A Few Quick Words

8

Instead of harping only on design theory, we’re going to teach through example. In fact, we’ve included 31 examples of some of the best visual storytelling on the web. You’ll find straightforward explanations, visual case studies, and plenty of plain-English tips for everyday web UI design. We hope this book helps you better grasp how to add some storytelling magic to your website. If you find the book helpful, feel free to share with others.

For the love of UX design, Jerry Cao & Cameron Chapman


The Undeniable Picture Superiority Effect Storytelling in web design guides the user experience, incorporating all types of media to craft a logical and emotional narrative out of thin air. Since the beginning of human history, stories have played an important part in how we connect with one another. Just because we now tell our stories on the screen rather than around a campfire does not lessen their ability to captivate people emotionally. The tricky part, of course, is creating a cohesive narrative when the story is not always told linearly since the “listener� (in this case, the user) can control the flow and pace of the experience through multiple avenues of navigation.

Photo credit: Artotem. Creative Commons


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Before you know your story, know your user. Conduct user research, create supporting UX documentation (personas, storyboards, experience maps), then dive into the psychology and behavior of your users. Once you know where your product fits into their goals, you’ll know how to start craft your visuals and content to deliver on your promise. The web is now certainly a visual medium, though in its early days it was largely text-based. As bandwidth concerns become less of an issue, though, visual media now dominates almost all corners of the web. A website devoid of images looks out of place and often gets ignored in favor of one that is well illustrated and full of rich animations and interactions. Visual narrative creates purpose in web design, distilling complex scenarios into a simple dramatic arc. Without good visual storytelling skills, your websites will never live up to their full potential, whether they're for your own personal or professional projects. In this piece, we’ll explore some of the psychology behind why visual storytelling is so effective in web UI design.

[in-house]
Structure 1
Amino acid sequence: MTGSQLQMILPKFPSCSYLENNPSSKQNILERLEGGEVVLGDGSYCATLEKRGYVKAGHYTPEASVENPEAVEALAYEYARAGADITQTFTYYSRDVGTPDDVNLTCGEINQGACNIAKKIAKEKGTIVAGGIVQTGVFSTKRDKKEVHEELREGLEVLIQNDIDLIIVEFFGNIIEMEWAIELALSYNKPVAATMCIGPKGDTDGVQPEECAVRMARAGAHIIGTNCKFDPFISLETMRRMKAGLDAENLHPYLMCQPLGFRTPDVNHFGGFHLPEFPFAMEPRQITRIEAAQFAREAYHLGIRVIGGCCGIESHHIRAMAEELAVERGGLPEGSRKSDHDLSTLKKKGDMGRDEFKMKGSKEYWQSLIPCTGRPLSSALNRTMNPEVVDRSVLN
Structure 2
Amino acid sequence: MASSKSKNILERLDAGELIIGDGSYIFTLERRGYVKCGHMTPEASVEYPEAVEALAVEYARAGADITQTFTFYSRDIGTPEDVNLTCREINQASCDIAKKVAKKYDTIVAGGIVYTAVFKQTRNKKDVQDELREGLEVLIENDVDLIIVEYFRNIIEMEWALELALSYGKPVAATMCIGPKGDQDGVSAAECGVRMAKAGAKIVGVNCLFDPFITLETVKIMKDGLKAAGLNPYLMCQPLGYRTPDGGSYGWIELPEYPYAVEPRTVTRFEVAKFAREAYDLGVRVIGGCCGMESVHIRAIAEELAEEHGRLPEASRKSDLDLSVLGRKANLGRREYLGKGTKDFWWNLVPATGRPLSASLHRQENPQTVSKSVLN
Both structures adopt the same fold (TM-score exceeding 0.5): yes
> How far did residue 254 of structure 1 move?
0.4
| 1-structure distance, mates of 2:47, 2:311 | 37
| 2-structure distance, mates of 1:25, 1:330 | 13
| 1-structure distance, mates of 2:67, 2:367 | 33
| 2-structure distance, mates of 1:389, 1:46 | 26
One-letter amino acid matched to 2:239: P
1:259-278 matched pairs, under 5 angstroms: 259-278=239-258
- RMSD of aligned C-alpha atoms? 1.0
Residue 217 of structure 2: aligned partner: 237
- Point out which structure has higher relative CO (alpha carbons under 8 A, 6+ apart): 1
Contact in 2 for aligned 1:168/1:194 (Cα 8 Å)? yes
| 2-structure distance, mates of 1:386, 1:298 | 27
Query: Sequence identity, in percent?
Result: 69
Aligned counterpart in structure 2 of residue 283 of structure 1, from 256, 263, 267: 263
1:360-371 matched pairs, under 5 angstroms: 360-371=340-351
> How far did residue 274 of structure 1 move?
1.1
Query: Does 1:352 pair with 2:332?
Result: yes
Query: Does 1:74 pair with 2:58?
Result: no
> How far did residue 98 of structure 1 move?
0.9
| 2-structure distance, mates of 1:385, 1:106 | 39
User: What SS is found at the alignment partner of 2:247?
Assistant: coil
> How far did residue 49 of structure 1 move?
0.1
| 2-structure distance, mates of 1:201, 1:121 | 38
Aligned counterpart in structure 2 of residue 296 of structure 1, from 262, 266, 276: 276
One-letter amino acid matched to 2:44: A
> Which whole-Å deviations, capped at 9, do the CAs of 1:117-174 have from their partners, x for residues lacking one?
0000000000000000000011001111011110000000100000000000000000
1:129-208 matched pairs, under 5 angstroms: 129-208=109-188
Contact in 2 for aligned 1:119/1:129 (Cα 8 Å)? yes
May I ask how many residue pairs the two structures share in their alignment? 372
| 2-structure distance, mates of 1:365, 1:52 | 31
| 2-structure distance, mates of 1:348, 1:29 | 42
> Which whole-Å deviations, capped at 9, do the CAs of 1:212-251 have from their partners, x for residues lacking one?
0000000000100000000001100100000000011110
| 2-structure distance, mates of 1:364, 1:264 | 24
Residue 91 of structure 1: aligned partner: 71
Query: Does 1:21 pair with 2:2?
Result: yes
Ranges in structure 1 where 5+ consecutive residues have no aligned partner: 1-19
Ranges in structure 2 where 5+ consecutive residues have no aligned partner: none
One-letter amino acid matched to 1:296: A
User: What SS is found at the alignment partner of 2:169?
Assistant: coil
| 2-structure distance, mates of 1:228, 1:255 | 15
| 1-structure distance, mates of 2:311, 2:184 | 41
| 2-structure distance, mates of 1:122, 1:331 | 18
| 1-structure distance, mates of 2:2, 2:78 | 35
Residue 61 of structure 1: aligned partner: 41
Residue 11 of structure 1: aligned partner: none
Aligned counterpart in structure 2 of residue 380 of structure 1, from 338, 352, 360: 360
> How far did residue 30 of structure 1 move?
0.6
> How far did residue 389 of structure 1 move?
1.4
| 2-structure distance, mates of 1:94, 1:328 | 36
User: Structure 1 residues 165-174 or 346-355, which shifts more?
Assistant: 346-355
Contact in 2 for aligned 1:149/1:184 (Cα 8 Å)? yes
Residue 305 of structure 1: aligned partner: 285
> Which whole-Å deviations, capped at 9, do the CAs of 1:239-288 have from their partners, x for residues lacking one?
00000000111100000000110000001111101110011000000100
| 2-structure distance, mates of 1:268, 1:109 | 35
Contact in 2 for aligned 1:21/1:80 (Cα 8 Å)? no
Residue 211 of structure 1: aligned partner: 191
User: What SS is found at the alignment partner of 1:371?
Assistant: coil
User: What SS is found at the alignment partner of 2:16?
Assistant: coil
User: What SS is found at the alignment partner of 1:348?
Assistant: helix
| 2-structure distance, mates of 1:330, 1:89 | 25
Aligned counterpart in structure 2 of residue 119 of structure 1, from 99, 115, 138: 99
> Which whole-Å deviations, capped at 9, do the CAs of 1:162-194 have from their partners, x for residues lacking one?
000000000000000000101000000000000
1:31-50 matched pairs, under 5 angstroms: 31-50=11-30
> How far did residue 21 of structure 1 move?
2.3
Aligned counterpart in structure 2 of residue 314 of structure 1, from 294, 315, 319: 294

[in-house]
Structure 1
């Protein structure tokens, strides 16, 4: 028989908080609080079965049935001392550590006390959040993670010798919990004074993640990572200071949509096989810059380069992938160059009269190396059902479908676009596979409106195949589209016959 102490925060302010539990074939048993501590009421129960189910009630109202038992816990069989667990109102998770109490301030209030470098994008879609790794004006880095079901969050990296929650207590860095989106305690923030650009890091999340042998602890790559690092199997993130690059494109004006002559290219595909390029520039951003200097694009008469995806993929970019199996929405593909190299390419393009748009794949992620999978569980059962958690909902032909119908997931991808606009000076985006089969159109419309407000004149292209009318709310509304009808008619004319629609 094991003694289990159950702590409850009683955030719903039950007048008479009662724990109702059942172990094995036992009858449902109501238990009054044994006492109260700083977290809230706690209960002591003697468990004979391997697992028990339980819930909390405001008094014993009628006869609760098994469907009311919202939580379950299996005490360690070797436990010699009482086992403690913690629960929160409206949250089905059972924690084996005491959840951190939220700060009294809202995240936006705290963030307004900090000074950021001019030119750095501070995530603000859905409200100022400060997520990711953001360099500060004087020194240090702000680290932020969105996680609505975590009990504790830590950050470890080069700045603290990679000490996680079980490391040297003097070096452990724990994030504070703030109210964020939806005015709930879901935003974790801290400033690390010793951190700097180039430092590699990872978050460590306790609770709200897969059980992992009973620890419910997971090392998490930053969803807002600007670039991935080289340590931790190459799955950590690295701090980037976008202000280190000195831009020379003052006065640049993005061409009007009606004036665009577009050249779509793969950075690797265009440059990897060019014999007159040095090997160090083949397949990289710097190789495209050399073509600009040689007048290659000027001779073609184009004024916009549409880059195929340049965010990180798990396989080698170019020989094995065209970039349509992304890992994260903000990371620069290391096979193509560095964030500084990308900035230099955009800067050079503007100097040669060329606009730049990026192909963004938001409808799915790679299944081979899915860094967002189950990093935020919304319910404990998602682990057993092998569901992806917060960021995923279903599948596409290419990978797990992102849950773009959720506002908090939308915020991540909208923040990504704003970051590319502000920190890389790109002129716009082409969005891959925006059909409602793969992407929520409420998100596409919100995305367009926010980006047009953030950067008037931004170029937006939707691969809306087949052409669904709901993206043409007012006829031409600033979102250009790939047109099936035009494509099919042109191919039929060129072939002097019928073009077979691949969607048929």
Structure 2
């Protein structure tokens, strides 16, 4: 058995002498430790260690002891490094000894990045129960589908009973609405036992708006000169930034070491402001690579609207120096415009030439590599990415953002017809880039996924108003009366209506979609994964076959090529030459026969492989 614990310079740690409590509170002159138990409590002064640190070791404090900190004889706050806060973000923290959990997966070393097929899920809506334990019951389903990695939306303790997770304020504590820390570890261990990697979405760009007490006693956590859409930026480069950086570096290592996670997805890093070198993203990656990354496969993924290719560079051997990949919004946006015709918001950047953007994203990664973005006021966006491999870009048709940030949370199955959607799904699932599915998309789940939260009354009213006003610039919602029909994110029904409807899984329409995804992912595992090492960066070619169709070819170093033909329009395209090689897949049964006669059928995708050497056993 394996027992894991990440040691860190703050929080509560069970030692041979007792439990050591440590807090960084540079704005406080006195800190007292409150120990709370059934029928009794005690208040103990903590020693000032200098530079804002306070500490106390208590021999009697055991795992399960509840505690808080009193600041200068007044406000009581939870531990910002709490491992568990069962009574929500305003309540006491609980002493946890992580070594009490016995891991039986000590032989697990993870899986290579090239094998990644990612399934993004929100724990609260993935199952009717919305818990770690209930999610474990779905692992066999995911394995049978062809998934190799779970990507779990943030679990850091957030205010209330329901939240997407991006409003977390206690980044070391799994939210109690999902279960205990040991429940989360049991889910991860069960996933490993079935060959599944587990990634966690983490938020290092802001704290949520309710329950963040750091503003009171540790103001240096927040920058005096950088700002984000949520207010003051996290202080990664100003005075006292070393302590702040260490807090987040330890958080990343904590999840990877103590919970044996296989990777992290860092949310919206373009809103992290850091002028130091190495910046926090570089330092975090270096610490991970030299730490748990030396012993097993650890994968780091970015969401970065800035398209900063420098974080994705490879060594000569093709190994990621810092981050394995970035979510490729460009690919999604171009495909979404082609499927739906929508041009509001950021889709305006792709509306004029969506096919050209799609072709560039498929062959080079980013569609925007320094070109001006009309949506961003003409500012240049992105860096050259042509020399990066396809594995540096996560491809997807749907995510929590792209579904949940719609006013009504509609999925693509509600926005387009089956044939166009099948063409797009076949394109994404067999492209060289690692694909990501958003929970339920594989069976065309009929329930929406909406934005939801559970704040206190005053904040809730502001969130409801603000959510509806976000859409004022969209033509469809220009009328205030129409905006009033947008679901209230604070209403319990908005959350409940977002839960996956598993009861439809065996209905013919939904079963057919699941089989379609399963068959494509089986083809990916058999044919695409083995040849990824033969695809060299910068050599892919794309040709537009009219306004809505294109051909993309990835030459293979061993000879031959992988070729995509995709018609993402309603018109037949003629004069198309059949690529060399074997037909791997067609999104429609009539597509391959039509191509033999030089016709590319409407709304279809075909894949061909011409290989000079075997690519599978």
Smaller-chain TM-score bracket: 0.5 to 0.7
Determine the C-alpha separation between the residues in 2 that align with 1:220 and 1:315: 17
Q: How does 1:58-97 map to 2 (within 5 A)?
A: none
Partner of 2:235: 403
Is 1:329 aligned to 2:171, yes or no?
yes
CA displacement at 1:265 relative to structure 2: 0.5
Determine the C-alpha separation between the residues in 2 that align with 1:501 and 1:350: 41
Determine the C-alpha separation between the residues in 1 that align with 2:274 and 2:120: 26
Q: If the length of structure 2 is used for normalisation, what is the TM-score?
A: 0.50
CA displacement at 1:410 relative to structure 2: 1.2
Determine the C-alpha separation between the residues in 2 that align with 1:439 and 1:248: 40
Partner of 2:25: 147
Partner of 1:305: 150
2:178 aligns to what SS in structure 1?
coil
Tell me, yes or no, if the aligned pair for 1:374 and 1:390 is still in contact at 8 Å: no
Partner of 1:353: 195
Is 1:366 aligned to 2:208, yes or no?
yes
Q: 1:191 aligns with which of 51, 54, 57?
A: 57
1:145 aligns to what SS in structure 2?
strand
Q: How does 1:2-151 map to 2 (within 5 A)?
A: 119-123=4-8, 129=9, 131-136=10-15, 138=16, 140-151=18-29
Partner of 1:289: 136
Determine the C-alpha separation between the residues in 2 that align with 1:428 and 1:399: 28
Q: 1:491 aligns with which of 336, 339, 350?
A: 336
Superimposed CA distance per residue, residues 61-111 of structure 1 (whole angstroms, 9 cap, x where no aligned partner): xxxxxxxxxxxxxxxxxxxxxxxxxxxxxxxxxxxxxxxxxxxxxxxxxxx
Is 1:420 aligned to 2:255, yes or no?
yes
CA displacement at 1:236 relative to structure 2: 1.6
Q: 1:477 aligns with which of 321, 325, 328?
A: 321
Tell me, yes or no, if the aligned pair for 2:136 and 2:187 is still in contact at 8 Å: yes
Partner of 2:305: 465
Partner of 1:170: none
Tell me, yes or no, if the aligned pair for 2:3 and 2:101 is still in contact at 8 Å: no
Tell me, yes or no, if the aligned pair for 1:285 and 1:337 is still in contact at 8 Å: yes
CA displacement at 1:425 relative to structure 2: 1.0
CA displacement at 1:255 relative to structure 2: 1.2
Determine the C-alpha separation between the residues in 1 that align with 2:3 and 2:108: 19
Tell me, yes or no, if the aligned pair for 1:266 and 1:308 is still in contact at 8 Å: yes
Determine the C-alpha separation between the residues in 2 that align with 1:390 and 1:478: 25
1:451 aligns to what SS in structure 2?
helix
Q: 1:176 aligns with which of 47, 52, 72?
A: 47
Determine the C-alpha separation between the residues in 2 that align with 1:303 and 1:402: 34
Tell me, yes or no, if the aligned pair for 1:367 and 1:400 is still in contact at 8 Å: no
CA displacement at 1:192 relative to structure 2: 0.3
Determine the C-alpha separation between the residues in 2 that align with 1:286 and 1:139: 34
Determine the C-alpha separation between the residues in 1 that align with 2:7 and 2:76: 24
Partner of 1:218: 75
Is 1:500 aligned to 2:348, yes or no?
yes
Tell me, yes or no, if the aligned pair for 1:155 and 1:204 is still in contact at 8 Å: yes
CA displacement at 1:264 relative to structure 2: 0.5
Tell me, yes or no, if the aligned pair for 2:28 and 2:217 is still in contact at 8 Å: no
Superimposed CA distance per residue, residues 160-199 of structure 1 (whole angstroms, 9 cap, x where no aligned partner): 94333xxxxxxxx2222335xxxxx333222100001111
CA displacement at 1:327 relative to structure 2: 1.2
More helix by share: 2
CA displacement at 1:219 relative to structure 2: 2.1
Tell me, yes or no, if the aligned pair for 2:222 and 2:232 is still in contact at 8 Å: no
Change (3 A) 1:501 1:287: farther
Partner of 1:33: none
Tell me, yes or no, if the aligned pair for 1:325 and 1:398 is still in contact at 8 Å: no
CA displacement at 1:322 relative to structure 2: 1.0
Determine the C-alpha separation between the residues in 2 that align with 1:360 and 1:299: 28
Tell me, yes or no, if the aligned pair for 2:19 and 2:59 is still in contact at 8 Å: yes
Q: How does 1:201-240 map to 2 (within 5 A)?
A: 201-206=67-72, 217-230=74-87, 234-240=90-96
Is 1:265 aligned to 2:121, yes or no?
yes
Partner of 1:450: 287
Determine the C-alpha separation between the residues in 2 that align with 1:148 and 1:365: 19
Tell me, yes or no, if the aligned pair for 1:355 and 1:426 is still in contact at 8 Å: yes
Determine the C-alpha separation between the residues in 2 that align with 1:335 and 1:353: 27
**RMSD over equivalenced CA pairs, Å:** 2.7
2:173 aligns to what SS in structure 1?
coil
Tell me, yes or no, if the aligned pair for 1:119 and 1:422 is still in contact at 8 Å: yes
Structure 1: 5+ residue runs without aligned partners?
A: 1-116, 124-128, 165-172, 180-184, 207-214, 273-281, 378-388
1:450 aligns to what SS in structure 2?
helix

An Image is Worth More Than a Thousand Words We’ve all heard the old adage that "A photo is worth a thousand words". But did you know there’s real science behind the statement?


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The "picture superiority effect" says that visuals can convey up to six times more information than words alone. The two primary theories supporting the picture superiority effect both explain how we encode information for later retrieval. The Paivio Dual Coding Theory says that we can recall images better because they create both verbal and image codes (because images generally create a verbal label in addition to the image, whereas words are less likely to create image labels). The Nelson Sensory Semantic Theory, meanwhile, states that since people notice differences more readily in images rather than words, we can recall the meaning of images with less effort. To further support this theory, when people are presented with multiple similar images, the picture superiority effect disappears since they lose the power of distinction.